Prior to the global health crisis, the most recent survey from Global Workplace Analytics found that only 3.6% of the employee workforce works from home half-time or more. Clearly that percentage is surging as government guidelines mandate people work from home, self-quarantine and use social distancing.
Without the ability to catch up with co-workers in person, go out to lunch or grab a cup of coffee, you might think employees would be more focused. The reality is that most are distracted for a variety of reasons. The situation is evolving quickly, and our email traffic is growing exponentially.
Based on our experience with previous industry or region derived large-scale events, opportunistic attacks are to be expected, but the current situation is different. It is global and evolving with no clear end in sight – a new reality we all must navigate for the foreseeable future. Attacks will continue and employees’ mindfulness will erode further.
Security teams are on high alert, having to protect a shifting infrastructure from threat actors looking for low hanging fruit, yet they too are working remotely. Security Operations Center analysts and Incident Response team members cannot lean across the desk to compare data and analysis or walk down the hall to check in with a threat intel analyst.
And managers of security teams cannot tap an analyst on the shoulder to assign them a task or get an update on an investigation. Despite being geographically dispersed, security analysts and managers must be able to work effectively with team members and across teams.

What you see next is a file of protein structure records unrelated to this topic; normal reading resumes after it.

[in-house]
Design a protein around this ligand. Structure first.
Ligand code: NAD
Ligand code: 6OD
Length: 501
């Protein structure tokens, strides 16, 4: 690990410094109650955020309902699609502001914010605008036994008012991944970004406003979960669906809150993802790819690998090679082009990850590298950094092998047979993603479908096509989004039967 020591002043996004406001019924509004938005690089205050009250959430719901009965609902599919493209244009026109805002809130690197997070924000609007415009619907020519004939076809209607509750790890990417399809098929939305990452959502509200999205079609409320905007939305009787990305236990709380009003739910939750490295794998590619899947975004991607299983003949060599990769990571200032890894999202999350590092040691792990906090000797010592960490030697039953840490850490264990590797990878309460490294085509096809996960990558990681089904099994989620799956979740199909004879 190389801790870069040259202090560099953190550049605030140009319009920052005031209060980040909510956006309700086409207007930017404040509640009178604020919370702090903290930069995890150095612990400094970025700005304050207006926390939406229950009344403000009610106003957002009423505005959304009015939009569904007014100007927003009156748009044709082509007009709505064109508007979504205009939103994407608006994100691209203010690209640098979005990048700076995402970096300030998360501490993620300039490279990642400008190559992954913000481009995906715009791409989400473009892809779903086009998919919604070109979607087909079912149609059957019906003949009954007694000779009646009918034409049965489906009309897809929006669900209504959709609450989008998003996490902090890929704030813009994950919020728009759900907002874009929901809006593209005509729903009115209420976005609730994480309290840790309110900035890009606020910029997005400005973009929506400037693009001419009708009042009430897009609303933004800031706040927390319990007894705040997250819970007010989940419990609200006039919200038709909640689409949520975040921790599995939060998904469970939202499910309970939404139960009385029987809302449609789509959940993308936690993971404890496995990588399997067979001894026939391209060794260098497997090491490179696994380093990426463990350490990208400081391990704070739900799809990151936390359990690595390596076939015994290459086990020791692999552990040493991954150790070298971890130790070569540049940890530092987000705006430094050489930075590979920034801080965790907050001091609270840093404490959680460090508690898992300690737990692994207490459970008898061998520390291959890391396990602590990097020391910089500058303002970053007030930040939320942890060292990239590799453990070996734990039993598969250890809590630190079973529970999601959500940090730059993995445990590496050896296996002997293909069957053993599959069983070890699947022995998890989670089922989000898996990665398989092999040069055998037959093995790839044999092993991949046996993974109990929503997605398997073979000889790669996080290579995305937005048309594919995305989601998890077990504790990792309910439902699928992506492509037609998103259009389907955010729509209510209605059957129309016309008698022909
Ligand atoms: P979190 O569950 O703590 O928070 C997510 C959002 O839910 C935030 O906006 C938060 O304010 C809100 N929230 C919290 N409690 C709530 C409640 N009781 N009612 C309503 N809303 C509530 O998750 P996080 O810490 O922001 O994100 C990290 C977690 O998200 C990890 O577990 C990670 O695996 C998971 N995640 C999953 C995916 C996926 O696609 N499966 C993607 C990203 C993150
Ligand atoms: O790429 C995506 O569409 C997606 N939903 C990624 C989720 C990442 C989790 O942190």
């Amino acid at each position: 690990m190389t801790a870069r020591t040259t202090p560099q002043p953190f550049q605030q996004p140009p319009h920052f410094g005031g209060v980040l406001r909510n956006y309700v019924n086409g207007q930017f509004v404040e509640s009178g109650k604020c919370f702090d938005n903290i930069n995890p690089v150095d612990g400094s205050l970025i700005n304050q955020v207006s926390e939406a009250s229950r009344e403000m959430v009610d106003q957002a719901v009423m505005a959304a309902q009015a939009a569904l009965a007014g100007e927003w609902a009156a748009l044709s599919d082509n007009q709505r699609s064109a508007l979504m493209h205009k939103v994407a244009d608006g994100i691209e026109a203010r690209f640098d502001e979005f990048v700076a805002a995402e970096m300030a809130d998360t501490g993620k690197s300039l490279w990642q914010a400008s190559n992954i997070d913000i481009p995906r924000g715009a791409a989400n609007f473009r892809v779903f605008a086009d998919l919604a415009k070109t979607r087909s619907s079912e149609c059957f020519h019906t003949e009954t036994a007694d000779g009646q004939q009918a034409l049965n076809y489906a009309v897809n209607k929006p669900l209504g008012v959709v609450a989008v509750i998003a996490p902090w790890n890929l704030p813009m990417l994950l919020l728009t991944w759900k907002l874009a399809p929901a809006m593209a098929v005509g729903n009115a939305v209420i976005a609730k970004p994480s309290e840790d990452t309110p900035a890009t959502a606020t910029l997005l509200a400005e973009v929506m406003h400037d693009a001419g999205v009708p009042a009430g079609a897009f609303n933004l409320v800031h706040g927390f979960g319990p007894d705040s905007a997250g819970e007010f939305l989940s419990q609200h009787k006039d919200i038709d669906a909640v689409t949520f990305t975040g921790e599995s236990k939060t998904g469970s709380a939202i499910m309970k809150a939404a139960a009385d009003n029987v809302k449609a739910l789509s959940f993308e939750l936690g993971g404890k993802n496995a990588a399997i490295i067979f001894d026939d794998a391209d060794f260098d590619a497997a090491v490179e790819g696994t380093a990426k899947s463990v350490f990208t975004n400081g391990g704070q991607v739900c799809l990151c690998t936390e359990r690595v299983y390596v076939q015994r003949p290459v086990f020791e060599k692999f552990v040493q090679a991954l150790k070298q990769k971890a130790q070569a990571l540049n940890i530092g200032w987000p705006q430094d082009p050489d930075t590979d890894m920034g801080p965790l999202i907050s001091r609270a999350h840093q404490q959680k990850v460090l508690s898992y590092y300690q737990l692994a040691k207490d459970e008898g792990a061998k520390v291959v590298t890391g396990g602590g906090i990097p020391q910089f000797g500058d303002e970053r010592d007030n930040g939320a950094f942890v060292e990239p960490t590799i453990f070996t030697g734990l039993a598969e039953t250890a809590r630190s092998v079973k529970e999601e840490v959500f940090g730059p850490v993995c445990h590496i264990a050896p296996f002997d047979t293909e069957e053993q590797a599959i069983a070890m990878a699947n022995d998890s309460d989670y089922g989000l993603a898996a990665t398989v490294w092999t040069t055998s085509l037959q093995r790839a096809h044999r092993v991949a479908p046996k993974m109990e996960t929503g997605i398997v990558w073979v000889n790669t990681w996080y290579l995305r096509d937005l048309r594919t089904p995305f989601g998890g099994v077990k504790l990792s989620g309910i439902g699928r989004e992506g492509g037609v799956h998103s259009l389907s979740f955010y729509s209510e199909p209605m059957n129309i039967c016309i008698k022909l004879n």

To improve security operations when everyone is working remotely, organisations need a single, online collaborative environment that fuses together data, evidence and users. At its core is a central repository that contains all the organisation’s global threat data, augmented and enriched with context from internal threat and event data.
Individual team members and different security teams can access the intelligence they need to do their jobs as part of their workflow and can actively share learnings or directly communicate with each other.
Working in the virtual, cybersecurity situation room, they can accelerate their understanding of threats and improve collaboration. Should the number of incidents increase as threat actors ramp up campaigns, they can quickly divvy up tasks to focus on blocking and tackling. Rather than conducting investigations in parallel, all team members involved in the investigation process can automatically see the work of others and understand how it impacts and can benefit their own work.
Managers of security teams can benefit from this collaborative environment as well. They can oversee investigations remotely, observing the analysis as it unfolds and directing action when and how they need to. With a virtual shoulder tap they can break down and assign tasks to specific individuals, coordinate tasks between teams, and monitor timelines and results.
With online collaboration embedded into security operations, managers can ensure that security analysts, wherever they are physically located, are able to work together efficiently and effectively to accelerate detection and response.
At a time when threat actors are looking for low hanging fruit and potential weaknesses in our new normal, a virtual cybersecurity situation room lets teams work together using the right data to take the right actions faster and strengthen security posture. Even when their analysts are working from home, security managers can continue to coordinate investigations and remediation.
By Ryan Trost, Co-founder and CTO, ThreatQuotient.